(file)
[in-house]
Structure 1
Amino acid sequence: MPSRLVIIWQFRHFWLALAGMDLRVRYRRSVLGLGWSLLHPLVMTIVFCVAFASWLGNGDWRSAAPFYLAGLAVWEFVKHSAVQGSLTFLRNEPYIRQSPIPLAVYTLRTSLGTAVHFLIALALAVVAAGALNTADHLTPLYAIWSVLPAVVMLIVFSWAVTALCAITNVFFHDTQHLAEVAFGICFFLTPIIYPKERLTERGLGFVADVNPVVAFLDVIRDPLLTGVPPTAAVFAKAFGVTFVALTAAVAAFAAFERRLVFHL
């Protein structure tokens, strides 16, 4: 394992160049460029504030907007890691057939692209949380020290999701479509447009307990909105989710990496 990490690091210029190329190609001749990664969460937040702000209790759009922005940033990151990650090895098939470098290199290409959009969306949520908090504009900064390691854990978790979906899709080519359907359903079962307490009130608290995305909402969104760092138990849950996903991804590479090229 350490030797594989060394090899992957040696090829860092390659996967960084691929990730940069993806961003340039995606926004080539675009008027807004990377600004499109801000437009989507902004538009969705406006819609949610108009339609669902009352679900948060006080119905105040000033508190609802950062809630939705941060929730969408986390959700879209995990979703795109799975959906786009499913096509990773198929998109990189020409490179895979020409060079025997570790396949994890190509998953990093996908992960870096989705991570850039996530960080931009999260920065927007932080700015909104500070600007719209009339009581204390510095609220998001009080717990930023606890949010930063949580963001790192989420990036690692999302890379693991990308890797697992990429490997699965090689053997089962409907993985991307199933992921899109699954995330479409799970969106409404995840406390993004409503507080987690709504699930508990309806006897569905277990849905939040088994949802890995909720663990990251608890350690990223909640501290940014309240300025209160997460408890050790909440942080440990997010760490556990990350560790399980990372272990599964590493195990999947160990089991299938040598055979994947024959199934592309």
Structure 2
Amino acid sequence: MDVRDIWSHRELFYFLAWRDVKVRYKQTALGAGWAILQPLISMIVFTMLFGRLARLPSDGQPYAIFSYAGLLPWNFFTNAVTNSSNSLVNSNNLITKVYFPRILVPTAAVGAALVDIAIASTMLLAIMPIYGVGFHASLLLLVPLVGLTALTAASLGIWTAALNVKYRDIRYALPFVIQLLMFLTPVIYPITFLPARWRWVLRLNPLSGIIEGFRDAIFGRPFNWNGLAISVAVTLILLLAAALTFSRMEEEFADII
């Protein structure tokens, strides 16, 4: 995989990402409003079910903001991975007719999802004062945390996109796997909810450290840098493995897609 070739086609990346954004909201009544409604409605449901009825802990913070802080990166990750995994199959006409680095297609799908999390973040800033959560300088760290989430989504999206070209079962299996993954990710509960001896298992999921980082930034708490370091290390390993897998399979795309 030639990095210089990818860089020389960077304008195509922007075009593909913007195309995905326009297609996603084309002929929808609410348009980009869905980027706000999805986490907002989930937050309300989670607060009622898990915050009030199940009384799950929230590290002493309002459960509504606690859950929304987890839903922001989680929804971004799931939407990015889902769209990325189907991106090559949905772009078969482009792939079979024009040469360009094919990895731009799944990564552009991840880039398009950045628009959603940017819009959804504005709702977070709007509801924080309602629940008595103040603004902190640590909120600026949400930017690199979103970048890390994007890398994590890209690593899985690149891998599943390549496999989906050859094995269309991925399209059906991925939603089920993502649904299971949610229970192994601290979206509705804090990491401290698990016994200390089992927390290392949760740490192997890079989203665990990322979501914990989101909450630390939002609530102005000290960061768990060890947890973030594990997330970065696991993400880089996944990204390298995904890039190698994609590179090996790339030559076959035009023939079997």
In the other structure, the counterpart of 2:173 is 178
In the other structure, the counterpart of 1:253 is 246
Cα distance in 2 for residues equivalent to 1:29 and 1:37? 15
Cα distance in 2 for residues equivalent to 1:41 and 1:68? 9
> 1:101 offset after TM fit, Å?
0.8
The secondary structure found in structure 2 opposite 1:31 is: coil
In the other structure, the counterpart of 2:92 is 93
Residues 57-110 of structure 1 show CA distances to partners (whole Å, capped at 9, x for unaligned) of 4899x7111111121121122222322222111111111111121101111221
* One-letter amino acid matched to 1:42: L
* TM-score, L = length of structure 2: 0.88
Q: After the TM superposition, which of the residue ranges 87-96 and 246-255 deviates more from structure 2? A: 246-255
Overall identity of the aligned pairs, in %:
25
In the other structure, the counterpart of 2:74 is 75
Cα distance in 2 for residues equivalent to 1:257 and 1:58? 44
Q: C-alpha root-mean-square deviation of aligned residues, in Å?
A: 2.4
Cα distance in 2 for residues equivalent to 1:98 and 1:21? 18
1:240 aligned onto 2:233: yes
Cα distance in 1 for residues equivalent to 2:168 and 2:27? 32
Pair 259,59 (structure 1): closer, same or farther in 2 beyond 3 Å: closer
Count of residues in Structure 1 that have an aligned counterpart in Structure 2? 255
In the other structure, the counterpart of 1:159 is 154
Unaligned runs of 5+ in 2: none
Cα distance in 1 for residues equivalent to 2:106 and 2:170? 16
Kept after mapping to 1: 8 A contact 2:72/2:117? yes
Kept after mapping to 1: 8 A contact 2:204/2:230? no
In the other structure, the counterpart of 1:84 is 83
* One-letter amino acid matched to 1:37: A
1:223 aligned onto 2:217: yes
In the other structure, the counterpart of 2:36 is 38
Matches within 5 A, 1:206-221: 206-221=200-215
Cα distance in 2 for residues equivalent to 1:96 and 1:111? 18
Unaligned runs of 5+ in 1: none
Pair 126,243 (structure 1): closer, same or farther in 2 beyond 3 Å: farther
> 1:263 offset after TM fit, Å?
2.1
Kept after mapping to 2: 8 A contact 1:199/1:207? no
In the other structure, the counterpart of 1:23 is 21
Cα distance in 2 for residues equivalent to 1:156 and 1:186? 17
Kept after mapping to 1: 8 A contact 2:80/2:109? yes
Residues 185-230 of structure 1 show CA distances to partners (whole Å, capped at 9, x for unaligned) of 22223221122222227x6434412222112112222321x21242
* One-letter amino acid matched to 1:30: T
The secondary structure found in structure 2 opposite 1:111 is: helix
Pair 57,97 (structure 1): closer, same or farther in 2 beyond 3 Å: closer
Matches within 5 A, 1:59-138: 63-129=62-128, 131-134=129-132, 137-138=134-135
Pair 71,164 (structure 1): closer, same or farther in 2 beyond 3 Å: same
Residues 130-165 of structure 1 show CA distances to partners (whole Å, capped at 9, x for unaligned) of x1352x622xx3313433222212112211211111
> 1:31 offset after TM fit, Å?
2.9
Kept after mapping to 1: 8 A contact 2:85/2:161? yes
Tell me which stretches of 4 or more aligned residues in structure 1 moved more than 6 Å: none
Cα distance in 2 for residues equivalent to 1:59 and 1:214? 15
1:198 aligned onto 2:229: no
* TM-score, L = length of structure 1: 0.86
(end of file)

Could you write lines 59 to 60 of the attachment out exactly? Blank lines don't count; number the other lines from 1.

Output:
Kept after mapping to 1: 8 A contact 2:85/2:161? yes
Tell me which stretches of 4 or more aligned residues in structure 1 moved more than 6 Å: none